Tag Archives: blog
June 3, 2009

Around the World in 365 Days

Arlo and Oksana on their first solo trip together, Costa Rica, 2003

This is an announcement I’ve been looking forward to making for a long time:

Oksana and I just quit our jobs!

Okay, not really. I just wanted to get your attention.

But actually, really! It’s just that our last day of work isn’t going to come around until next summer.  That’s right; we’ve put in our one year’s notice!  Next June, all our crap goes into storage and we set off on a long-planned, round-the-world trip.

This is something we’ve been talking about since before we married.  Before we could commit to such a bold move, we had to make sure we were in a position of security – with our finances, our education, our work experience, etc.

(Funny thing we learned about financial security: Once you’ve got it, it’s surprisingly hard to let go.)

This is why we haven’t settled down.  It’s why we were so anxious to stay out of debt, why we haven’t bought a house, and most definitely one of the reasons why we haven’t yet entertained the idea of having kids.

So, as excited as we are to shoulder a backpack and set off for the ends of the earth, we’re also a little bit freaked out.  Will our jobs be waiting for us when we get back? (Magic 8-Ball says: Outlook Good.)  Will the economy implode while we’re gone?  Do any of the big security questions even matter if we’re off having the experience of a lifetime?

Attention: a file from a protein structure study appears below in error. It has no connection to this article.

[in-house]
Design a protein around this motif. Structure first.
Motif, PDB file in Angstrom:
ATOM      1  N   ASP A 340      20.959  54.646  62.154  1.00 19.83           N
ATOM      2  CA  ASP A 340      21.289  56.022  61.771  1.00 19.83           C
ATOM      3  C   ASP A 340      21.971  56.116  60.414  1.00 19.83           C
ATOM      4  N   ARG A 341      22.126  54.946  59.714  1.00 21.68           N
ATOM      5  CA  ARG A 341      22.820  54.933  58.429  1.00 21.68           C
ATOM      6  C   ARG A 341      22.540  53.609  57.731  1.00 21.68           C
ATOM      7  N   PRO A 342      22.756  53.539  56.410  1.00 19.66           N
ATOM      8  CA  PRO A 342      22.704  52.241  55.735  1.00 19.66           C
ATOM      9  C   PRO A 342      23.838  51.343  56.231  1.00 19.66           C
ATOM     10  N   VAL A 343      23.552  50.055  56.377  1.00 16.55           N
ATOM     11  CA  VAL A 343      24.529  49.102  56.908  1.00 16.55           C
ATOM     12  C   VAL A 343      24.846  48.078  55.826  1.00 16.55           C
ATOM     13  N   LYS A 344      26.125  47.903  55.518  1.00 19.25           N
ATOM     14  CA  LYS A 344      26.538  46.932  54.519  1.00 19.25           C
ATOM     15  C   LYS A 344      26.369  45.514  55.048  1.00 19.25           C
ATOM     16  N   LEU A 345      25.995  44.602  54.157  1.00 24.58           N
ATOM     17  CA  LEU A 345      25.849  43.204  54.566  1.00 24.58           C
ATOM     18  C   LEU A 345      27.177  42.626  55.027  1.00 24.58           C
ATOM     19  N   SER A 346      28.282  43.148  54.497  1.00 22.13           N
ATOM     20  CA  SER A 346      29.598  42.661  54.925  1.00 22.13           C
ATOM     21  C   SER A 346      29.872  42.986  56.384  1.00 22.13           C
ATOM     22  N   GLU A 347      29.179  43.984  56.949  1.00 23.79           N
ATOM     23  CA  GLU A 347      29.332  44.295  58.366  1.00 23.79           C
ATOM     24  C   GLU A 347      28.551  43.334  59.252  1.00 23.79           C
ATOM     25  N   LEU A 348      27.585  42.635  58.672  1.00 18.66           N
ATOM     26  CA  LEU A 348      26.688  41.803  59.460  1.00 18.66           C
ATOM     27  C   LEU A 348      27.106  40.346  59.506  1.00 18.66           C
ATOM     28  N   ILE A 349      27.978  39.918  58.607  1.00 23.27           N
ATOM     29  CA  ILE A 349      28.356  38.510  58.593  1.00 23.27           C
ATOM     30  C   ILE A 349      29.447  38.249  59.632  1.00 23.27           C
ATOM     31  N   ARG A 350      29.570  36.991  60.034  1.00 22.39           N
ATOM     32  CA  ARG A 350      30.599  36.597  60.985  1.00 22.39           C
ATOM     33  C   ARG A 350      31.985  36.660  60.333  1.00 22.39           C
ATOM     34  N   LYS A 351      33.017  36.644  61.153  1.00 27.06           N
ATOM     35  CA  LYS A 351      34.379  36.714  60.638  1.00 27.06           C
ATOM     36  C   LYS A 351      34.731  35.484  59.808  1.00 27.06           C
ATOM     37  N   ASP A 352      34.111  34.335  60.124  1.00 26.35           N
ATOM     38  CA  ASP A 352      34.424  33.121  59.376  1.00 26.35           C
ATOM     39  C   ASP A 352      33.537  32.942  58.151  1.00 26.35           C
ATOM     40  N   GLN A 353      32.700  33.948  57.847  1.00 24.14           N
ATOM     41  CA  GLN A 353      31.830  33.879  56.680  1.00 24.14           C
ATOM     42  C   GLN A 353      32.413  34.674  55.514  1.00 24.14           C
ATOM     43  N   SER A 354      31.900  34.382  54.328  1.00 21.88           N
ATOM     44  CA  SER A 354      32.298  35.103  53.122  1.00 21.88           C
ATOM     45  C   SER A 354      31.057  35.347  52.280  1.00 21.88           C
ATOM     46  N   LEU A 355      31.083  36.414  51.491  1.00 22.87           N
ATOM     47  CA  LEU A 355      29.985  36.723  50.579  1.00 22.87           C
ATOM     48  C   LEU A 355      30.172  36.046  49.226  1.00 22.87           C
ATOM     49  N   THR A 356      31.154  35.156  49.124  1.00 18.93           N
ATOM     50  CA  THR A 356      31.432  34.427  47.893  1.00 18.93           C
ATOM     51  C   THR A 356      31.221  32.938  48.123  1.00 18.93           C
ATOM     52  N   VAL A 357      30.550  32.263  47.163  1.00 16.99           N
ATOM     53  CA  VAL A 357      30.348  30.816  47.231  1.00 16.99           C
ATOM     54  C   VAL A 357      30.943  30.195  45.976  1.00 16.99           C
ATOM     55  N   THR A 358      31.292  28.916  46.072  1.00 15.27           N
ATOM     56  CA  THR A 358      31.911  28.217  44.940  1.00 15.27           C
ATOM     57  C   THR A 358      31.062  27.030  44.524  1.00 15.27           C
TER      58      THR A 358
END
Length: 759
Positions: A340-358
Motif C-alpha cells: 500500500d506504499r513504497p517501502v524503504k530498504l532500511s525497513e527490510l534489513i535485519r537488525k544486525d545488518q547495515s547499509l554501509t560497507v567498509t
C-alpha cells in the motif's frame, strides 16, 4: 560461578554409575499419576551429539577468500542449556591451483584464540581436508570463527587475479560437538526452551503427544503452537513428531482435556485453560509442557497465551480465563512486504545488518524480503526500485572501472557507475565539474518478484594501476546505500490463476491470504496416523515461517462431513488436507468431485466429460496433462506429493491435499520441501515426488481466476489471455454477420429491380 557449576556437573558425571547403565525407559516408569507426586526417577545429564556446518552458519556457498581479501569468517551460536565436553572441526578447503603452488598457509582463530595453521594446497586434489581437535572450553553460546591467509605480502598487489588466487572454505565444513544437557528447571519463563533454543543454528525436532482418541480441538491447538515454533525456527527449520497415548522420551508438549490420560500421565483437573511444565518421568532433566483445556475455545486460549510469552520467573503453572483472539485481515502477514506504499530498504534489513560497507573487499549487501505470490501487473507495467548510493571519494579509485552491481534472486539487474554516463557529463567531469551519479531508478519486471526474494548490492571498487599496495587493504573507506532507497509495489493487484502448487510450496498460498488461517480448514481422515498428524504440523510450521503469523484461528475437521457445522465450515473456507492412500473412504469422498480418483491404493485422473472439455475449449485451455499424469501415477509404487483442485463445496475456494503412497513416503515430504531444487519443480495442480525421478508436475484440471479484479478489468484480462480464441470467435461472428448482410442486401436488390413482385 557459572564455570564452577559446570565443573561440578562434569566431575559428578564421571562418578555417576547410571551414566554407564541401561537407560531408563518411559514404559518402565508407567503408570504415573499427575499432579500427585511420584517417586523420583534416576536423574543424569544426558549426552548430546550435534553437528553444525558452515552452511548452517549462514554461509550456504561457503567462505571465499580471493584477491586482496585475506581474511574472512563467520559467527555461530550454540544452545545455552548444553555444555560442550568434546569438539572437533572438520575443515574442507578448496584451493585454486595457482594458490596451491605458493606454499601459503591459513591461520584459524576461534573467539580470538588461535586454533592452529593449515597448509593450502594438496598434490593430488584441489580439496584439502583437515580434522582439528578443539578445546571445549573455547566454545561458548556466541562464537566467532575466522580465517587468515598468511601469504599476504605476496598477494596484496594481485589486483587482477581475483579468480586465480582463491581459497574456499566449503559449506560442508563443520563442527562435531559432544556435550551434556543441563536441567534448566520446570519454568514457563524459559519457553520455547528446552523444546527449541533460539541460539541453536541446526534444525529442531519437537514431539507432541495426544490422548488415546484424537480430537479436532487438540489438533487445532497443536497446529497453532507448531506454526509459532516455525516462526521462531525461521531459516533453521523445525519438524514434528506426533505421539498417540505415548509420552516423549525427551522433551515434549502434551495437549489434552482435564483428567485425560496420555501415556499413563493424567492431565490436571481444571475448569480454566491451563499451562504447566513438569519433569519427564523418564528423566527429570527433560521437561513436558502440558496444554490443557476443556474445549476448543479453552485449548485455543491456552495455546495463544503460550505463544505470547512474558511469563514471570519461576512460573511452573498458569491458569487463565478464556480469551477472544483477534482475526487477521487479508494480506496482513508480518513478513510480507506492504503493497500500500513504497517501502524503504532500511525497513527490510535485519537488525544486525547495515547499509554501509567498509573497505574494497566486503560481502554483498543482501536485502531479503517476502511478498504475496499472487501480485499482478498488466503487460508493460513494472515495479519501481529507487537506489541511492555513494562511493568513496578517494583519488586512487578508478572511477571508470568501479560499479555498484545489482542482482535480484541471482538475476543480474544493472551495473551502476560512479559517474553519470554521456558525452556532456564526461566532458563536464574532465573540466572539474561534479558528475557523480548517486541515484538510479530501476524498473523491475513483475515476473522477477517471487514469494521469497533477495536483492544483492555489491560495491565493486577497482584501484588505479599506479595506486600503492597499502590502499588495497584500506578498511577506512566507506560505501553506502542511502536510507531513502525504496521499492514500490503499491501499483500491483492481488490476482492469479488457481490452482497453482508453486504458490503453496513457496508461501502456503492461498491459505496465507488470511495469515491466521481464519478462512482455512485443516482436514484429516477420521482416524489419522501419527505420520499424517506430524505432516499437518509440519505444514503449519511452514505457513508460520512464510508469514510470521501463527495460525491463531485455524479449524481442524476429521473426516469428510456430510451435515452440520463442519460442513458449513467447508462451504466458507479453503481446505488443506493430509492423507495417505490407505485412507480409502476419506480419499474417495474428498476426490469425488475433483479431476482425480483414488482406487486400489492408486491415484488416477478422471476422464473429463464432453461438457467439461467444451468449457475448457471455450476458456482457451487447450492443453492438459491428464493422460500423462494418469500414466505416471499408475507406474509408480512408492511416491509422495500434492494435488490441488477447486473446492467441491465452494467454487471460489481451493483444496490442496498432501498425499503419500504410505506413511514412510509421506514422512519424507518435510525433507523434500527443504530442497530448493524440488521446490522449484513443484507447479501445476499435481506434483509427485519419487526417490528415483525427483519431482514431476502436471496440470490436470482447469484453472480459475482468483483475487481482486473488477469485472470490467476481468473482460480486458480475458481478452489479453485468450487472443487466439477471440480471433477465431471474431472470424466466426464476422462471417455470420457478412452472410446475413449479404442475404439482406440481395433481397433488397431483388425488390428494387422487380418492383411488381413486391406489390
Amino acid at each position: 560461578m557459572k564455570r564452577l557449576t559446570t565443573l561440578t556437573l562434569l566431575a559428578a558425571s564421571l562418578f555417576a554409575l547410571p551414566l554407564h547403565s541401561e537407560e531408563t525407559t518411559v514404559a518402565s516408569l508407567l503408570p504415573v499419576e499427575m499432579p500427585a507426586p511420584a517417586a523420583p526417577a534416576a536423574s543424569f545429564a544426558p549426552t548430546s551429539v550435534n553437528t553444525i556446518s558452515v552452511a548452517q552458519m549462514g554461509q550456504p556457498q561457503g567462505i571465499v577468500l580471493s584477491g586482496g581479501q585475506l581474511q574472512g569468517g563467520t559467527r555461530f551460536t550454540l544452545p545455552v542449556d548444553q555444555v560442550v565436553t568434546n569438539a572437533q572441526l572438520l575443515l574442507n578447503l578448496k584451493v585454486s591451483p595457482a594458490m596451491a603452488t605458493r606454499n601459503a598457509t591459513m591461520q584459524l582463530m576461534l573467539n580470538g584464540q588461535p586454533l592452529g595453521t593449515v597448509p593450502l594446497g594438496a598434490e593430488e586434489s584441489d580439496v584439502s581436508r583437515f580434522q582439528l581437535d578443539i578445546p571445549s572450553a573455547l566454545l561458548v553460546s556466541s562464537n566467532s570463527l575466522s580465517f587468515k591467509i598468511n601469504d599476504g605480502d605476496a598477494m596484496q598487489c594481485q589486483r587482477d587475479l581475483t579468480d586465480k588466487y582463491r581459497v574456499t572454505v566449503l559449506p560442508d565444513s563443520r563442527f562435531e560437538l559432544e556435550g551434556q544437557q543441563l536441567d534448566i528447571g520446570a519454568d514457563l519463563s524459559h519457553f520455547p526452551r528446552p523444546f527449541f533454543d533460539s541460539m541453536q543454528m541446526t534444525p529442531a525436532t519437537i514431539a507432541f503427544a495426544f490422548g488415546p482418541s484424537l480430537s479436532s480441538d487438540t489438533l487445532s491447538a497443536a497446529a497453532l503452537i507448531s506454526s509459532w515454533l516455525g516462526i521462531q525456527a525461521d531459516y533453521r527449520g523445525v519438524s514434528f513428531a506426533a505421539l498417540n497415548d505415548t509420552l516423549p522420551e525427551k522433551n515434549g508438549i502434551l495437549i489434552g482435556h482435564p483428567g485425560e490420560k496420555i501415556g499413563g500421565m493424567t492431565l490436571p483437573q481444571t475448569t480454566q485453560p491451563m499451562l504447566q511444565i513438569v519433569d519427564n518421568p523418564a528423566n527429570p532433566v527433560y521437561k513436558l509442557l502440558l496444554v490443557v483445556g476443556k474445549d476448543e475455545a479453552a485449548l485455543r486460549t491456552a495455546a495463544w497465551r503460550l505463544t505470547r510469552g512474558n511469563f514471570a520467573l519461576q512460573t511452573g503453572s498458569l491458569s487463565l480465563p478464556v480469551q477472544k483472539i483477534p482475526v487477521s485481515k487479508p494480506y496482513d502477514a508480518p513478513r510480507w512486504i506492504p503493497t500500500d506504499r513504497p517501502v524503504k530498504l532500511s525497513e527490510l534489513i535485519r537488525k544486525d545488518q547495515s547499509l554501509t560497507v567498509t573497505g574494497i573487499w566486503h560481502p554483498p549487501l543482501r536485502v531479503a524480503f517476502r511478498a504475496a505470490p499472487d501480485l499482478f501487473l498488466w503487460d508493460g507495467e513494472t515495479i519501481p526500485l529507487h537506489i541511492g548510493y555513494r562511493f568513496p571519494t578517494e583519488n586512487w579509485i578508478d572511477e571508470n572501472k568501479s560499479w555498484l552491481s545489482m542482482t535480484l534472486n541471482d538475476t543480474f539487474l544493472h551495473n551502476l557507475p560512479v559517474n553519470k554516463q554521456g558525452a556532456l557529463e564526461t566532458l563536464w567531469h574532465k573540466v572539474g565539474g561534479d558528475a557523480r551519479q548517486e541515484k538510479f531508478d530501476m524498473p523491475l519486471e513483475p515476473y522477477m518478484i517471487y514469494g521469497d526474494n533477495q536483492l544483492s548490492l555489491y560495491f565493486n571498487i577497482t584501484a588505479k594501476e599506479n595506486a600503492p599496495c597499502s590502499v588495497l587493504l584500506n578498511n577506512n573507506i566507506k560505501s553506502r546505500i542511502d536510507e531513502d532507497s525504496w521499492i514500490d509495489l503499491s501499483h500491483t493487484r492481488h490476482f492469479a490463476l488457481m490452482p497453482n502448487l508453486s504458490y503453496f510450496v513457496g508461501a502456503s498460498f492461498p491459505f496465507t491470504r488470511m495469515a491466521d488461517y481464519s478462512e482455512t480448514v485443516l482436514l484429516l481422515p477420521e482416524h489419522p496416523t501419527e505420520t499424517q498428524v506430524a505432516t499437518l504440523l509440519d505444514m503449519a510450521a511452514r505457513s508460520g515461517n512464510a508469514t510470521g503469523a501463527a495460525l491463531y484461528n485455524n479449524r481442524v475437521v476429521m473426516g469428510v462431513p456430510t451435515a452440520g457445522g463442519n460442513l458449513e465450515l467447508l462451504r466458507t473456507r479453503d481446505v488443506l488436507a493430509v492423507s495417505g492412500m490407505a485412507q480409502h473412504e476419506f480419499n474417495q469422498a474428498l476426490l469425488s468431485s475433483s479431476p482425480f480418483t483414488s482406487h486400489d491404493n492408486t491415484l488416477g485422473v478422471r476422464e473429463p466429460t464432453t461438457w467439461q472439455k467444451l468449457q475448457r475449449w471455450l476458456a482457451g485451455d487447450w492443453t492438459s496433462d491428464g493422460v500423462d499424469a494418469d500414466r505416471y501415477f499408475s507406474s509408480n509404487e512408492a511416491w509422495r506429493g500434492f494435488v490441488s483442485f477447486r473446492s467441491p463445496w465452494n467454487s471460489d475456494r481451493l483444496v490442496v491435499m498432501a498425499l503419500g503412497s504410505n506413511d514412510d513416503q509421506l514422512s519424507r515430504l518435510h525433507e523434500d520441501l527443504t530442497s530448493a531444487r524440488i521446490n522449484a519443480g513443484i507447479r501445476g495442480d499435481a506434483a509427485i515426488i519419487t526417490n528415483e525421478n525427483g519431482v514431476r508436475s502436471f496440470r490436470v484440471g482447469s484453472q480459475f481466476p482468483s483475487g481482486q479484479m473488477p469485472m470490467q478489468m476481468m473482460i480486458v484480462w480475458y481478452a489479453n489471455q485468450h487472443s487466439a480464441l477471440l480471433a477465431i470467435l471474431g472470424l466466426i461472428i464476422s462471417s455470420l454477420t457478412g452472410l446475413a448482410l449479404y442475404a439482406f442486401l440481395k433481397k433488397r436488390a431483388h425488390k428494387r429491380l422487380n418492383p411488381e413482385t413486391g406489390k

Where are we going?  No idea.  We don’t have (and probably won’t ever have) an itinerary.

Caminante no hay camino, se hace camino al andar.
Wanderer, there is no path; the path is made by walking.


May 21, 2009

Peru Roughcuts

Crouching Arlo, hidden Inca

As you may know, I took a little trip down to Peru last winter with a group of college students. I carried along my camcorder, shot 14 tapes worth of footage, and brought it all home for editing. Back in Alaska, I sat down with a few of the students and asked them to tell me some stories about their trip. I currently have 17 interview tapes, and I’m holding out hope for more.

Editing this together is a massive project. I started with a 500GB drive, then upgraded to 1TB. With all the videos, photos, audio, and preview files I’m currently working with, it’s already 93% full.

There’s just no easy way to edit the memories and experiences of 20 people on a month-long trip across Peru. I didn’t want to start any editing at all until I’d collected all the interviews, because as tough as it is to puzzle together eight stories about hiking the Inca Trail, it’d be even harder to try to shoehorn in a ninth after the fact. But then I realized I had everything I needed to start editing a certain part of the trip — a five-day jungle expedition – because it involved only Megan, Alison, and me, and I’ve already shot both of their interviews…

So, I dove in. And right now, I’m taking it just one little story at a time.

I shared some of these vignettes with Alison and Megan and seeing their reactions inspired me to keep going. For now, those two work well as my muses, but with a project this daunting, I can use all the motivation I can get. I thought creating a little podcast and sharing the stories with a wider audience as they’re completed would be fun. (With the students’ permission, of course — These video clips are eventually destined for a DVD that will only go out to those that went on the trip.)

It’ll be a bit before I get to the rest of the students. Later, we’ll visit Cusco, the Inca Trail, Lake Titicaca, Machu Picchu, Lima, etc., but for now, these two girls have a lot to say about the Amazon Basin. It’ll probably seem like the “Megan and Alison Show” for a while, but that’s okay; they’re quite entertaining.

So, here you are. A quick little blog – nothing fancy – where I can post the rough edits of my grandisimo Peru DVD. They’ll be quarter-screen video, in an iPod-ready format, and posted once or twice a week. All you need is the free Quicktime player. Definitely subscribe to the podcast (or at least to the email updates) if you want to catch every episode.